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Scientists discover why dengue fever gets worse the second time
WASHINGTON -- While some diseases leave the patient with immunity against future attacks, people with dengue fever get sicker the second time around. Scientists now believe they know why, and their finding may help lead to ways to fight the dangerous mosquito-borne illness.
The problem is "original antigenic sin" on the part of the immune system, according to a team led by Gavin Screaton of the MRC Human Immunology Unit at Weatherall Institute of Molecular Medicine at John Radcliffe Hospital in Oxford, England. Antigens battle diseases invading the body.
There are four subtypes of dengue, pronounced ding'-ee, and people infected with the disease mount an immune response to fight off the version that infects them.
If a patient later acquires a different subtype, however, the immune system mounts an attack directed at the original form of the disease, the researchers found in a study of volunteers in Thailand.
That means they produce immune cells that are less effective against the new form, which can then attack the victim more strongly, the team reports in a paper scheduled for the July issue of the journal Nature Medicine.
The paper by Screaton, Prida Malasit of Mahidol University in Bangkok, Thailand, and others, was being published today online.
Dengue fever causes severe headaches, fever and rashes. The more serious dengue hemorrhagic fever has a fatality rate of 5 percent, according to the Centers for Disease Control and Prevention. The virus is estimated to affect as many as 50 million people annually in tropical areas and kill 12,000 or so. No vaccine or specific treatment has been found.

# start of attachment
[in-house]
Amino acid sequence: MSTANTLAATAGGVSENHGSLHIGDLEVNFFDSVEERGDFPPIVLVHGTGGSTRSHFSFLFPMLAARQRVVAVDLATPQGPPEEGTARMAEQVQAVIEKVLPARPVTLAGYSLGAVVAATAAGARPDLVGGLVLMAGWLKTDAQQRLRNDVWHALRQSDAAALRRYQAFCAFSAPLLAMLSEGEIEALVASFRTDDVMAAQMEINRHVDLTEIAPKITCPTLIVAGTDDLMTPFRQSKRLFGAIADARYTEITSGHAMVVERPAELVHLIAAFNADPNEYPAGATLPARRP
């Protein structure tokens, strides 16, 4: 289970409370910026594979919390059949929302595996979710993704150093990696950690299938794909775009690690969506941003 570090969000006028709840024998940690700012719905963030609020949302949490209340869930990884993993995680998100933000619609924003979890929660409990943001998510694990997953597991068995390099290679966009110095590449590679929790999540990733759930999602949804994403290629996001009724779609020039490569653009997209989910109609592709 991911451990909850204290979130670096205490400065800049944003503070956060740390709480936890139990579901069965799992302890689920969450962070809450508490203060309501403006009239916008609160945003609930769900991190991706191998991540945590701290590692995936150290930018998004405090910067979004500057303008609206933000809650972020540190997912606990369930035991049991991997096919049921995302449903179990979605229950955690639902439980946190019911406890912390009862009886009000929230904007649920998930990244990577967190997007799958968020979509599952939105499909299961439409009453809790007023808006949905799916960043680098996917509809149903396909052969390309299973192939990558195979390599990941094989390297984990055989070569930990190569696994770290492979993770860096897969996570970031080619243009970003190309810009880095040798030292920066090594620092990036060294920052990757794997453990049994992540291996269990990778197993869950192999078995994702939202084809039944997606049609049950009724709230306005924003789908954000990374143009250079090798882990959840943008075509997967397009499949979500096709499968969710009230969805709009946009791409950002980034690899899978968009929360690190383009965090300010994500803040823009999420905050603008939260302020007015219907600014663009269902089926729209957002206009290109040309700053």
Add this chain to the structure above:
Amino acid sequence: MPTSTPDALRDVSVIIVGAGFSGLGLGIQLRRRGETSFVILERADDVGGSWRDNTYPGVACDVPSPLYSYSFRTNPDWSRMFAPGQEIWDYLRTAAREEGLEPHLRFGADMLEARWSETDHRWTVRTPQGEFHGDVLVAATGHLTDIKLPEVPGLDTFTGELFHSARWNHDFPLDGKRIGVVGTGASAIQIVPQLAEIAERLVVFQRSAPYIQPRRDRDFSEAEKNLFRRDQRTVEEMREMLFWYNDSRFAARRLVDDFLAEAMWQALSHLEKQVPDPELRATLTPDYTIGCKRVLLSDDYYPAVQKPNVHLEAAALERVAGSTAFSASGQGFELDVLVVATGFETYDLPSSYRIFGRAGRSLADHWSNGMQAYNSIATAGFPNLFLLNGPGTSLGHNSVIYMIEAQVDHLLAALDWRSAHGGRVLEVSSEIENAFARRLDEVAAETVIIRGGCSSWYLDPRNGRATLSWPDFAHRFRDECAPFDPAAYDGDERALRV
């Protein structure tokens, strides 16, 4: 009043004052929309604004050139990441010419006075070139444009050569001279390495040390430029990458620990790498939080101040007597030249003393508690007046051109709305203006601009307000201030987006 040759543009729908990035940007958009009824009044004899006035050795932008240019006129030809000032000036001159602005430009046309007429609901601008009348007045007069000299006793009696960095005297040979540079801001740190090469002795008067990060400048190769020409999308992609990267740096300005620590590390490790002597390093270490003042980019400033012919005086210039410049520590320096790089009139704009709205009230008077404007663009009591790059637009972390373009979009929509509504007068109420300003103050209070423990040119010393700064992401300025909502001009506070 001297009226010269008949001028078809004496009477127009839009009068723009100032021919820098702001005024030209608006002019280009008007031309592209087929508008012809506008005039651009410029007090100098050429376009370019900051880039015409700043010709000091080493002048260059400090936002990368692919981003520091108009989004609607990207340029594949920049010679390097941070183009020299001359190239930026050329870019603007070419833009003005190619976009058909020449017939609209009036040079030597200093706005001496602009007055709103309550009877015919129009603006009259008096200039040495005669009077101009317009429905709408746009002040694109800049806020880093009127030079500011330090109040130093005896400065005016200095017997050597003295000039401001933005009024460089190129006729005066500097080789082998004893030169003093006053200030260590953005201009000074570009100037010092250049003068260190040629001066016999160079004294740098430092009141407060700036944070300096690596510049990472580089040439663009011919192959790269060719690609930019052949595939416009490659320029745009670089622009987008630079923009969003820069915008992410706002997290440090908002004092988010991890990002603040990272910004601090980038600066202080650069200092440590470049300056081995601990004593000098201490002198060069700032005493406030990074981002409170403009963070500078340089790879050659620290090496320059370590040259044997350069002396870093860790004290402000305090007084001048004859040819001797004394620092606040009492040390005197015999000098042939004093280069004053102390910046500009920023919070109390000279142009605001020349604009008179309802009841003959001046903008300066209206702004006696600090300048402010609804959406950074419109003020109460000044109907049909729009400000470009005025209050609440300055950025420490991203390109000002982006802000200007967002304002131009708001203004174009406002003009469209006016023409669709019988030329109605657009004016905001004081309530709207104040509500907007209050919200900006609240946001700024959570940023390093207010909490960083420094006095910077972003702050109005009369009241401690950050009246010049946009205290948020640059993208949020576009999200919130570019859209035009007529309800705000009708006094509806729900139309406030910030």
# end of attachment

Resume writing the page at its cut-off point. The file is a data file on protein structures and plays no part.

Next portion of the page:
Having the body respond to the wrong form of the dengue virus complicates the process of developing a vaccine. That is because a vaccine uses a dead or weakened virus to mimic an infection, so the body will recognize the invader and be ready to attack it.
For example, if the vaccine were to use Virus A, the immune system would learn to recognize that and attack it. Later, if a very similar, but not identical, form of the virus were to show up, the body would mobilize against the original one and produce immune cells that might not be fully effective against the new invader.
Screaton explained it this way: In second infections, the immune system does not choose new cells that exactly fit the antigen but instead "looks in its memory cells to see if anything already exists to do the job."
Because the memory cells already know something about the attacking virus, "in effect they are halfway round the track when the gun goes off," he said.
"The advantage is that a response can be quickly mobilized. The disadvantage is that as the response is shaped by previous antigen, it may not be the best fit to the current antigen," Screaton added.
This idea was originally developed in studies of influenza, which is caused by a virus that changes so often that new vaccines have to be developed annually.
The findings may help in the fight to prevent dengue, but much effort remains to fully understand it, Screaton said.
Vaccine initiatives are planned, he said, but "the risks are obvious: if you don't, in one stroke, protect against all dengue subtypes, you may make the situation worse."
It may be possible, he speculated, to design vaccines to generate an immune response to unique factors in each virus subtype.
Vaccines have successfully fought diseases over the past century, but some diseases -- HIV, malaria, tuberculosis, hepatitis-C, dengue fever -- have proved stubborn.
On the Net: Background on dengue fever: http://www.cdc.gov/ncidod/dvbid/dengue/index.htm